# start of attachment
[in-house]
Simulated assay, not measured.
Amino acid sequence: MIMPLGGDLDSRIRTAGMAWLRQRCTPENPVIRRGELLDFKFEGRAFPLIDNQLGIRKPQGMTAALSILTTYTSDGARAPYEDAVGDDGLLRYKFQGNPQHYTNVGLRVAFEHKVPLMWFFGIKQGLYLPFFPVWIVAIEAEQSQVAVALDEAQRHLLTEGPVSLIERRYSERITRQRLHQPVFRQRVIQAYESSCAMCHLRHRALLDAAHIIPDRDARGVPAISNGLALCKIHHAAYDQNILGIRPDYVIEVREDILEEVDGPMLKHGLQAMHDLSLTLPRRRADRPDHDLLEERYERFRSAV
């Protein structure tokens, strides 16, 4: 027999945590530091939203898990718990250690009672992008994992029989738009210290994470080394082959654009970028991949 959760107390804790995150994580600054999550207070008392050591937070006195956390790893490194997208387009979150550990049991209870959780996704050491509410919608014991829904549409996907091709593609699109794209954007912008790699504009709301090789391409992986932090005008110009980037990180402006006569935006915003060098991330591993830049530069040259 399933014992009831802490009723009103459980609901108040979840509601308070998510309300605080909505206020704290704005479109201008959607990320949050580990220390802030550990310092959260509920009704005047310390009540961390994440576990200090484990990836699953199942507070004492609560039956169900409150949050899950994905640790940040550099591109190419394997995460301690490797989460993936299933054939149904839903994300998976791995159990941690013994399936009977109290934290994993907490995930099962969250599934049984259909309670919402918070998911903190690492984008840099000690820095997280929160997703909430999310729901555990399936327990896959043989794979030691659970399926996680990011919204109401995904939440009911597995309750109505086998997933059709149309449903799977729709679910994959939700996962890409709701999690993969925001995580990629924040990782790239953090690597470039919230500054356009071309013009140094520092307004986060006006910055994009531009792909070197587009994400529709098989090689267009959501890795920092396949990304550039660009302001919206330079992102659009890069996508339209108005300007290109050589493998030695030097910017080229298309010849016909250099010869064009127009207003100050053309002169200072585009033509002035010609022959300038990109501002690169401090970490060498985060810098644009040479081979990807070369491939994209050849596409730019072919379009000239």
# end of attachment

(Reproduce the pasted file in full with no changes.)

[in-house]
Simulated assay, not measured.
Amino acid sequence: MIMPLGGDLDSRIRTAGMAWLRQRCTPENPVIRRGELLDFKFEGRAFPLIDNQLGIRKPQGMTAALSILTTYTSDGARAPYEDAVGDDGLLRYKFQGNPQHYTNVGLRVAFEHKVPLMWFFGIKQGLYLPFFPVWIVAIEAEQSQVAVALDEAQRHLLTEGPVSLIERRYSERITRQRLHQPVFRQRVIQAYESSCAMCHLRHRALLDAAHIIPDRDARGVPAISNGLALCKIHHAAYDQNILGIRPDYVIEVREDILEEVDGPMLKHGLQAMHDLSLTLPRRRADRPDHDLLEERYERFRSAV
């Protein structure tokens, strides 16, 4: 027999945590530091939203898990718990250690009672992008994992029989738009210290994470080394082959654009970028991949 959760107390804790995150994580600054999550207070008392050591937070006195956390790893490194997208387009979150550990049991209870959780996704050491509410919608014991829904549409996907091709593609699109794209954007912008790699504009709301090789391409992986932090005008110009980037990180402006006569935006915003060098991330591993830049530069040259 399933014992009831802490009723009103459980609901108040979840509601308070998510309300605080909505206020704290704005479109201008959607990320949050580990220390802030550990310092959260509920009704005047310390009540961390994440576990200090484990990836699953199942507070004492609560039956169900409150949050899950994905640790940040550099591109190419394997995460301690490797989460993936299933054939149904839903994300998976791995159990941690013994399936009977109290934290994993907490995930099962969250599934049984259909309670919402918070998911903190690492984008840099000690820095997280929160997703909430999310729901555990399936327990896959043989794979030691659970399926996680990011919204109401995904939440009911597995309750109505086998997933059709149309449903799977729709679910994959939700996962890409709701999690993969925001995580990629924040990782790239953090690597470039919230500054356009071309013009140094520092307004986060006006910055994009531009792909070197587009994400529709098989090689267009959501890795920092396949990304550039660009302001919206330079992102659009890069996508339209108005300007290109050589493998030695030097910017080229298309010849016909250099010869064009127009207003100050053309002169200072585009033509002035010609022959300038990109501002690169401090970490060498985060810098644009040479081979990807070369491939994209050849596409730019072919379009000239």